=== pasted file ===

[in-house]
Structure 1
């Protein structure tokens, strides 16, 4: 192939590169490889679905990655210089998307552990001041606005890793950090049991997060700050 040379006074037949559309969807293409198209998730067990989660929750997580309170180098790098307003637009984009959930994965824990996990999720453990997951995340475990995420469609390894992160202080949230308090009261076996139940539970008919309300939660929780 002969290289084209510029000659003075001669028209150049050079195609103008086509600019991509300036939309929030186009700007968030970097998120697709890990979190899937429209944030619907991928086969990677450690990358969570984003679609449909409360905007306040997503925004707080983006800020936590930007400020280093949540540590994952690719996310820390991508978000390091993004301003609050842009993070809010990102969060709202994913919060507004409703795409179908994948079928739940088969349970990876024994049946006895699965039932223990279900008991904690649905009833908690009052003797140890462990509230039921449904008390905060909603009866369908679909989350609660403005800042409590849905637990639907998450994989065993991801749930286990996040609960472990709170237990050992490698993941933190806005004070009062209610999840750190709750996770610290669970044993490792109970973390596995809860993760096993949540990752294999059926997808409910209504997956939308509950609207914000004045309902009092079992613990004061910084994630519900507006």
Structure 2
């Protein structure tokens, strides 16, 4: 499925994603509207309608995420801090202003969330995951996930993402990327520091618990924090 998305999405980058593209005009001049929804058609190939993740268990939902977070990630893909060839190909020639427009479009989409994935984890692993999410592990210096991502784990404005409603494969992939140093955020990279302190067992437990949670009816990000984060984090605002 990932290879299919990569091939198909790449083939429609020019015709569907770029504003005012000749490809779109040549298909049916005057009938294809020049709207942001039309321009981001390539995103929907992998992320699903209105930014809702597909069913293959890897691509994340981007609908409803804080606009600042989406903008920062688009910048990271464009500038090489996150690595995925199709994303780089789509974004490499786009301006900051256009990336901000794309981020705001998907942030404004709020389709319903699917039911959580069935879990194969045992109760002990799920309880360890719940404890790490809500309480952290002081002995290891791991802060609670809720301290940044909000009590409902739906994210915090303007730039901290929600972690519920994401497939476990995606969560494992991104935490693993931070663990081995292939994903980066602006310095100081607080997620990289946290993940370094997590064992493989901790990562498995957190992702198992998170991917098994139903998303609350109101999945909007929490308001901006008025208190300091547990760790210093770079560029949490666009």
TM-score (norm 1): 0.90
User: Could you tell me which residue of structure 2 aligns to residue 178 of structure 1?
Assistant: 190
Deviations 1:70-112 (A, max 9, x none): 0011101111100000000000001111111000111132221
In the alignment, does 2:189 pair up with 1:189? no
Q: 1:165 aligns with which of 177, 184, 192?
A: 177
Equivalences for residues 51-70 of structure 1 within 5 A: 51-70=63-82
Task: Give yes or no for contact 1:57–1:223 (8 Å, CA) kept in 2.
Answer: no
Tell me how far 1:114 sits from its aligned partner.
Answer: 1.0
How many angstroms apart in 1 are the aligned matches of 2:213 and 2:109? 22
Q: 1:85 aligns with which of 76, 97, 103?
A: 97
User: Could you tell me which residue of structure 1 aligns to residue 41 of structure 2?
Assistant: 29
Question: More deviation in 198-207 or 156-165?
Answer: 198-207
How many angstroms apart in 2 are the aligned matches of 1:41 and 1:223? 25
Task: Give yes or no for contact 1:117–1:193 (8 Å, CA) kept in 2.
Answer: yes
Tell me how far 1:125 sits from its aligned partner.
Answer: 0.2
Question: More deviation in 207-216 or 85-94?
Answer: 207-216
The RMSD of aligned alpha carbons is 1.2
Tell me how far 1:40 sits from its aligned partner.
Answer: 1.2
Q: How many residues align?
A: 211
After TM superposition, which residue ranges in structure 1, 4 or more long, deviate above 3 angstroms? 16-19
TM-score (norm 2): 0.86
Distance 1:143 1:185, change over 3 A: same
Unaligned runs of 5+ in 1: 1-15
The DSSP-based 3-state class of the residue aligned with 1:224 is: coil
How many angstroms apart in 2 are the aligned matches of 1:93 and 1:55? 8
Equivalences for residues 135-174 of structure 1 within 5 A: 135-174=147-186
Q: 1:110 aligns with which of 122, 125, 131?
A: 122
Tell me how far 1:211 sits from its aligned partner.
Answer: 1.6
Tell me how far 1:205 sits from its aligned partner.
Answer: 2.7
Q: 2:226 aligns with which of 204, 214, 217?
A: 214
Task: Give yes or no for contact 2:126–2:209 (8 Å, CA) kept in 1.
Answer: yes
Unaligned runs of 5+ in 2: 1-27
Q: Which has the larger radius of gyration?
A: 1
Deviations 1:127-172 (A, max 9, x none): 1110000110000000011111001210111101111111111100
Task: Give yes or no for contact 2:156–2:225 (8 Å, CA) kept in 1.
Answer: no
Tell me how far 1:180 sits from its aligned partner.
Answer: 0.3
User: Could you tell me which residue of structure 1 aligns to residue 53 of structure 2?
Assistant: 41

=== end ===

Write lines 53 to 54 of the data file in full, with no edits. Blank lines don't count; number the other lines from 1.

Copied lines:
Answer: yes
Unaligned runs of 5+ in 2: 1-27